For related OEM style torsion bar replacement needs, we've also got replacement keys, torsion bar end covers, adjuster pieces (to change ride height), mounting brackets, loader/unloader tools, and adjustment bolts & nuts. These will help fully restore your ride quality to factory new specifications.
Performance Torsion Bars
Performance torsion bars are built with a stiffer spring rate that results from denser (or thicker) metal that doesn't twist as easily. Stiffer torsion springs are ideal for 4x4s that go pounding over rough terrain, and they help some classic performance cars reduce body lean, brake dive, and bottoming out against bump while maintaining suitable ride comfort.
Traditionally, torsion bars are made from solid steel. But in the performance category, we've got a few torsion bars that are hollow inside. Because of various alloy blends that are used, these hollow bars can maintain necessary strength levels while being lighter in weight. Hollow torsion bars such as the MPD Racing Hollow Torsion Bar and Diversified Machine Torsion Bar are also known to have a slightly quicker response rate. If you've got a sprint car, the M&W Aluminum Torsion Bar keeps you on the path with even more weight savings thanks to aluminum construction.
Shock Absorbers & Struts
Shock absorbers are a major contributor to your ride comfort and safety because they are the suspension item which stops the springs on your car or truck from bouncing up and down endlessly after a bump.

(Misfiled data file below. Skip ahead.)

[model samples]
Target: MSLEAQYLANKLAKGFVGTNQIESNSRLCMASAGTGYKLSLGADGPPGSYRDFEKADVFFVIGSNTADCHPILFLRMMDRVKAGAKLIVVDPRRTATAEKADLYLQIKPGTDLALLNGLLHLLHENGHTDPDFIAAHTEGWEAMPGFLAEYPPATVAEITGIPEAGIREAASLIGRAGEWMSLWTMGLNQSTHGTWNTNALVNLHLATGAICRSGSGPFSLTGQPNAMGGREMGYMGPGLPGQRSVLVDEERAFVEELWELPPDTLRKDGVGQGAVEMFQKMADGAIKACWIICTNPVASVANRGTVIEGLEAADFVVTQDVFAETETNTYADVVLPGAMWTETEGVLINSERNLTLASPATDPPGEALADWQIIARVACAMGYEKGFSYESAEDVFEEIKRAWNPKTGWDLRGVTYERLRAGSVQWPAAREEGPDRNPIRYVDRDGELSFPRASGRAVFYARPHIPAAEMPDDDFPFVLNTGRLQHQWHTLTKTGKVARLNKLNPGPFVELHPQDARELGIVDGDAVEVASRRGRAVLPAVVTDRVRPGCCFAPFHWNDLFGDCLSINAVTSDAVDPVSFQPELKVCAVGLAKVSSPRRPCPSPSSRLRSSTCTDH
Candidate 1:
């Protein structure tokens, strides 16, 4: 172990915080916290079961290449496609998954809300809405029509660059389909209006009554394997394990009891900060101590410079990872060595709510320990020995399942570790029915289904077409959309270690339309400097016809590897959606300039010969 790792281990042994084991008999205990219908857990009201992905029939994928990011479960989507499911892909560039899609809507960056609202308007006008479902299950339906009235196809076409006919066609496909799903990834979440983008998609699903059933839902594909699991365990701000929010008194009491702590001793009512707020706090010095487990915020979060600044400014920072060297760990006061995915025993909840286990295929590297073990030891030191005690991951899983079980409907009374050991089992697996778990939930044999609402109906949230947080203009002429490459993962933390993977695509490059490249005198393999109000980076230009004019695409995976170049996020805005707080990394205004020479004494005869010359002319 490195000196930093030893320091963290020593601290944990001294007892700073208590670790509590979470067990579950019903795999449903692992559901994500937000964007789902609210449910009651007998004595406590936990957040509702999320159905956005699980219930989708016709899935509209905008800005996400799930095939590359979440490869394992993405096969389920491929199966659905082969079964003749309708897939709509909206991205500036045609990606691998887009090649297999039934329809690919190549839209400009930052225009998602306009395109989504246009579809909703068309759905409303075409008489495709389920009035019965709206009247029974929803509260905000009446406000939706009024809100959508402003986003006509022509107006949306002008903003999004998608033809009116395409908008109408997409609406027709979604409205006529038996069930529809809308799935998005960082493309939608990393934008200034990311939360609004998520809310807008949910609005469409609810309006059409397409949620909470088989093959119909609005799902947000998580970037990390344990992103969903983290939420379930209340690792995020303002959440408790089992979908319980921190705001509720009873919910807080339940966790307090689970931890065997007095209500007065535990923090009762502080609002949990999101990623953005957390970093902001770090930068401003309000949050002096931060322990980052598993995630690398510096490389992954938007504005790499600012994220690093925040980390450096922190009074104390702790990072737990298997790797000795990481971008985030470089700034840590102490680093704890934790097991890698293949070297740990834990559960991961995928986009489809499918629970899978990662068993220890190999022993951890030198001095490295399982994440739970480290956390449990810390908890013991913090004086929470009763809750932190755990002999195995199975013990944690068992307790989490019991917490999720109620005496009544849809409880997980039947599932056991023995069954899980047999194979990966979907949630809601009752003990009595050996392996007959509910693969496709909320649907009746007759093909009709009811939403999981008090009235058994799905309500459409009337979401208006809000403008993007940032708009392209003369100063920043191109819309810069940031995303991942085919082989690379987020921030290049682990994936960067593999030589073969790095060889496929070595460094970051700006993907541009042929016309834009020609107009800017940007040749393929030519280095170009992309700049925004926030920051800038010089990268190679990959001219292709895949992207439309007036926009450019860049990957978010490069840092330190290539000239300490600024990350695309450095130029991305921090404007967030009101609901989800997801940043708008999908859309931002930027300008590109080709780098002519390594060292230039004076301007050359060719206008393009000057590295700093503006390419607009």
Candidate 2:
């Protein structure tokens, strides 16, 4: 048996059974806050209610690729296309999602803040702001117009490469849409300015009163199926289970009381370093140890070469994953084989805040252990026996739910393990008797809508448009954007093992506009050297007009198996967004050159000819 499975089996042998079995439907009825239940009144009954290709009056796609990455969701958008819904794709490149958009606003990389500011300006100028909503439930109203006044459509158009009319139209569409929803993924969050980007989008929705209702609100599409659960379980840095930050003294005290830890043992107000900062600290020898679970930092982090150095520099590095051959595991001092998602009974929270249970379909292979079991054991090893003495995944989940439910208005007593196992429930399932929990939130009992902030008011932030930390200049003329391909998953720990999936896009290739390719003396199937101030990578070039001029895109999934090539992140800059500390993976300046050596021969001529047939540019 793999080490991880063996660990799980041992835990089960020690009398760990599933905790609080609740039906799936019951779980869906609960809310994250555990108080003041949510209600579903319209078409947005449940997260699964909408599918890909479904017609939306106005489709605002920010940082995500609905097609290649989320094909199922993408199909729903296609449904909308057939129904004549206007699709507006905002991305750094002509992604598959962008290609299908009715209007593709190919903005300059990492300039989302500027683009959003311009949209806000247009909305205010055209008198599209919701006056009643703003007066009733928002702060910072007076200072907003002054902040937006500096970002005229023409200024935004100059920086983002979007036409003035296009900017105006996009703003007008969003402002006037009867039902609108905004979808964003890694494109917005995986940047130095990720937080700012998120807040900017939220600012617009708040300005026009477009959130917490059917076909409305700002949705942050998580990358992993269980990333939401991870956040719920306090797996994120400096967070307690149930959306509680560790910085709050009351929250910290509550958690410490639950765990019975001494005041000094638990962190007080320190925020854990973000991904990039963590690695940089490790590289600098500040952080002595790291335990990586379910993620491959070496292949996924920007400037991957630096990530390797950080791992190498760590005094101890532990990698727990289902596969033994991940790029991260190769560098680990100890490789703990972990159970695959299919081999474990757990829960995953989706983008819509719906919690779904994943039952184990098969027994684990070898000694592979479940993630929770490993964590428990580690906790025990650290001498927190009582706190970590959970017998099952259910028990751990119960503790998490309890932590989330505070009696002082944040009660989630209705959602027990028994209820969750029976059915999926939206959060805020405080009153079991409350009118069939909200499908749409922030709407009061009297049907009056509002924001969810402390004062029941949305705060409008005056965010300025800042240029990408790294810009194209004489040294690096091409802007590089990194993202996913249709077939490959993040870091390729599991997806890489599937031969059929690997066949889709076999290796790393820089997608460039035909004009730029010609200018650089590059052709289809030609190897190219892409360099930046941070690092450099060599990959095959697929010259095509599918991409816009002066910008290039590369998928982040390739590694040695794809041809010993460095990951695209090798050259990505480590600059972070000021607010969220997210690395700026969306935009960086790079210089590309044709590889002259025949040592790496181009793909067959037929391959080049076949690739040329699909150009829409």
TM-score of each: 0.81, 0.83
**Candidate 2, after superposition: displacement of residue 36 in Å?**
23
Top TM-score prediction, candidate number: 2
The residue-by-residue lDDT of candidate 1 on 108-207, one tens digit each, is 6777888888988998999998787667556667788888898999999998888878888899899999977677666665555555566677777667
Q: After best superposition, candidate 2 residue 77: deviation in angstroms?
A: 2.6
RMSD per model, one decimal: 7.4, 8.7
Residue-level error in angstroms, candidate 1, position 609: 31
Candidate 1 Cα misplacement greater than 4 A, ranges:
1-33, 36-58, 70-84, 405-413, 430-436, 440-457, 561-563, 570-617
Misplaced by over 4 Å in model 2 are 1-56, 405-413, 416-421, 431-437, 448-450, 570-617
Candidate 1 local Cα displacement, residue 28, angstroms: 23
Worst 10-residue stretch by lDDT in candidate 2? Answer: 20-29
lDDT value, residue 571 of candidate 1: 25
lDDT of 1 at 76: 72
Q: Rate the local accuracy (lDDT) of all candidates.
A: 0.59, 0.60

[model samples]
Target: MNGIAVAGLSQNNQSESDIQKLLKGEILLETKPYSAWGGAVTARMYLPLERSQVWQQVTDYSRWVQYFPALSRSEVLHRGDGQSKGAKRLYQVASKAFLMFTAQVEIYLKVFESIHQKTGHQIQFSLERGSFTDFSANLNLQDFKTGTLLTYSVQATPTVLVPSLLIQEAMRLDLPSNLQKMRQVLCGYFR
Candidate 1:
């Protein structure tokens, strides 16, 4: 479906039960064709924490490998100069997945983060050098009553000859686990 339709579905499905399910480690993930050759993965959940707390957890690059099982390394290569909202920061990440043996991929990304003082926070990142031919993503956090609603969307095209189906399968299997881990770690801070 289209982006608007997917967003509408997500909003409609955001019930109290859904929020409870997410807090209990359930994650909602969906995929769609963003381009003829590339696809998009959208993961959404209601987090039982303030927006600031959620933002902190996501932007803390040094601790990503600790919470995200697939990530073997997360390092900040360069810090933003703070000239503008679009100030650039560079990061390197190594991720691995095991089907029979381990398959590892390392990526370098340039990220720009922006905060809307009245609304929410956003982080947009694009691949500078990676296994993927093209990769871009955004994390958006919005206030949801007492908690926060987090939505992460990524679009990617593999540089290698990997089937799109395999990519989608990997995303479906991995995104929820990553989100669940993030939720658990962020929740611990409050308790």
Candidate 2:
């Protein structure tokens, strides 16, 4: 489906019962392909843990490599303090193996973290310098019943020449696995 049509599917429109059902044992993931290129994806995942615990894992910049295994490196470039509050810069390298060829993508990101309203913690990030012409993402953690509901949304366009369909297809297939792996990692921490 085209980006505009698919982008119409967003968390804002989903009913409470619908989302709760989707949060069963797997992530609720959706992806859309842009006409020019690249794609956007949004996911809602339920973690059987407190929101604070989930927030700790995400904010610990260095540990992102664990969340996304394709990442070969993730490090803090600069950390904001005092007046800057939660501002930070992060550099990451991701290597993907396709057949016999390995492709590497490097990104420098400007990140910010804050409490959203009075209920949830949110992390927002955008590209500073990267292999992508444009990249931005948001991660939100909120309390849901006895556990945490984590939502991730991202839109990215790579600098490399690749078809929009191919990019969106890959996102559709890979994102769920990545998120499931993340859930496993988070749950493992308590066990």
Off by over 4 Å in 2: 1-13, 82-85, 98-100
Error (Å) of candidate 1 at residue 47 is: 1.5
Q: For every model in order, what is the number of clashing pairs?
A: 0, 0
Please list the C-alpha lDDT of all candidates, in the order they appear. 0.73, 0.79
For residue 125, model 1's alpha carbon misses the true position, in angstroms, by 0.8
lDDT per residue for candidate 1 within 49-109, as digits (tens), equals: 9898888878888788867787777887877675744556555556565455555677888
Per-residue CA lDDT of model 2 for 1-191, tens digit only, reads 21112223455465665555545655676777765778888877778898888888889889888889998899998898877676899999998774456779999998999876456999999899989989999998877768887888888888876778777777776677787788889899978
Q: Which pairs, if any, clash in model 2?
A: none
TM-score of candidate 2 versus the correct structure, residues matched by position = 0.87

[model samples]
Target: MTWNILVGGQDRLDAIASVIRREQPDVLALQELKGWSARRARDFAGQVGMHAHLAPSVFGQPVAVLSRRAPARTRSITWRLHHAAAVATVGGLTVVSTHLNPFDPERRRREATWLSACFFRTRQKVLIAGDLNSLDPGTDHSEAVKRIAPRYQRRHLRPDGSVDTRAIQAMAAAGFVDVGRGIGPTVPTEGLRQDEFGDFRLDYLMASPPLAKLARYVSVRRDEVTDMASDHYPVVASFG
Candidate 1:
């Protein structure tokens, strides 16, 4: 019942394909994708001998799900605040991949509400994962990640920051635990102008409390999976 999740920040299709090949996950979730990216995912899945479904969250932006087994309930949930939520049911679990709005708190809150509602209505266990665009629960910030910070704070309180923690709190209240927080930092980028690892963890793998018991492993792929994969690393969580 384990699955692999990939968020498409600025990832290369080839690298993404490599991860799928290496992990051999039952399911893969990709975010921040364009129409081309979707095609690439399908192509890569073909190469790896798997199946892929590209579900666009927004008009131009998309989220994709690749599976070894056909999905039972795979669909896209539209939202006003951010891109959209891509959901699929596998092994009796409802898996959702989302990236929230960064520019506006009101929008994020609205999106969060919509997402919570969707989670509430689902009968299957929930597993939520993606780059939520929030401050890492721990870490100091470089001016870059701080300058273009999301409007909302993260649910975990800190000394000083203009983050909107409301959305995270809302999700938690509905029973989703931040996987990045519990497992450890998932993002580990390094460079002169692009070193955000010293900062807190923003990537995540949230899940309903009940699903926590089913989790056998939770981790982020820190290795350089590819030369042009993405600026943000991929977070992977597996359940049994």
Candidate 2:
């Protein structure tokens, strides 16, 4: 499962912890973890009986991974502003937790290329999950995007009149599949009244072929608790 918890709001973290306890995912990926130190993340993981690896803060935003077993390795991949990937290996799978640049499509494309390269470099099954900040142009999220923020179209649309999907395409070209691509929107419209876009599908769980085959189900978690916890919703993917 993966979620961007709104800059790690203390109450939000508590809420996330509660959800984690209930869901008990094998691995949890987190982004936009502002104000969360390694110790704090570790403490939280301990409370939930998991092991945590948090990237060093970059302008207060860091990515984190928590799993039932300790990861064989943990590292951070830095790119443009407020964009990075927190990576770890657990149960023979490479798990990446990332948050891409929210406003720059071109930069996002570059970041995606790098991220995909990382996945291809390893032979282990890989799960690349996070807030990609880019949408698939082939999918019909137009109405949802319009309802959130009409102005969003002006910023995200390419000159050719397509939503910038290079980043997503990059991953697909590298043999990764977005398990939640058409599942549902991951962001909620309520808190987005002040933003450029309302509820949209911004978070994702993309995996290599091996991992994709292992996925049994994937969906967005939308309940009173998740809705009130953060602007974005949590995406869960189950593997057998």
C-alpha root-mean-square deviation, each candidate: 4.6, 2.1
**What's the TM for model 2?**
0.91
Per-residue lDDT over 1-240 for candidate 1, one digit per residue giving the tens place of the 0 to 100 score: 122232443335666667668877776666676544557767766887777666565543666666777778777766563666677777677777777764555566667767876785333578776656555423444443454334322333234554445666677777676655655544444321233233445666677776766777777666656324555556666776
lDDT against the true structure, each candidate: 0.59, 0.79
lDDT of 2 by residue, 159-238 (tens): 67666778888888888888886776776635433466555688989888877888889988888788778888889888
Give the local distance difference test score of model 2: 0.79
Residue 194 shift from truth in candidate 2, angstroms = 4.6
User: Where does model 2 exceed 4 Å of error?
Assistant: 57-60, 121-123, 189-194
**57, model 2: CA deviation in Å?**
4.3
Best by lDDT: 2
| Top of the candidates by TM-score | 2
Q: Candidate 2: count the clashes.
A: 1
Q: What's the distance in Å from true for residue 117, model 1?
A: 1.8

Replacement Shock Absorbers and Struts
In our Replacement shocks & struts section, you'll find factory-grade replacements that match the dimensions, longevity, and performance of your original equipment. Because we've grouped shocks and struts together here, entering your vehicle's year, make, and model into the top search box will show you the exact matches for the OE shocks or struts your vehicle was built with.
Performance Shock Absorbers and Struts
In our Performance shocks & struts section, you'll find a greater number of mono-tube and gas-charged shocks designed for firmer, more aggressive handling. Here, the compression and rebound settings of various shock absorbers make more of a difference.
Generally, firmer compression settings mean the piston inside the shock has greater resistance to moving downward and the ride will have less give. A firmer rebound setting translates to a shock absorber that will bounce back up less eagerly during its extension. For example, on the drag strip, you want the front end of a rear-wheel-drive car to quickly rise on takeoff then slowly drop to ensure more weight stays over the drive wheels for grip. For this particular application, best results would be with soft rebound (extension) settings and firm compression settings.
Performance Shocks for Off-Roading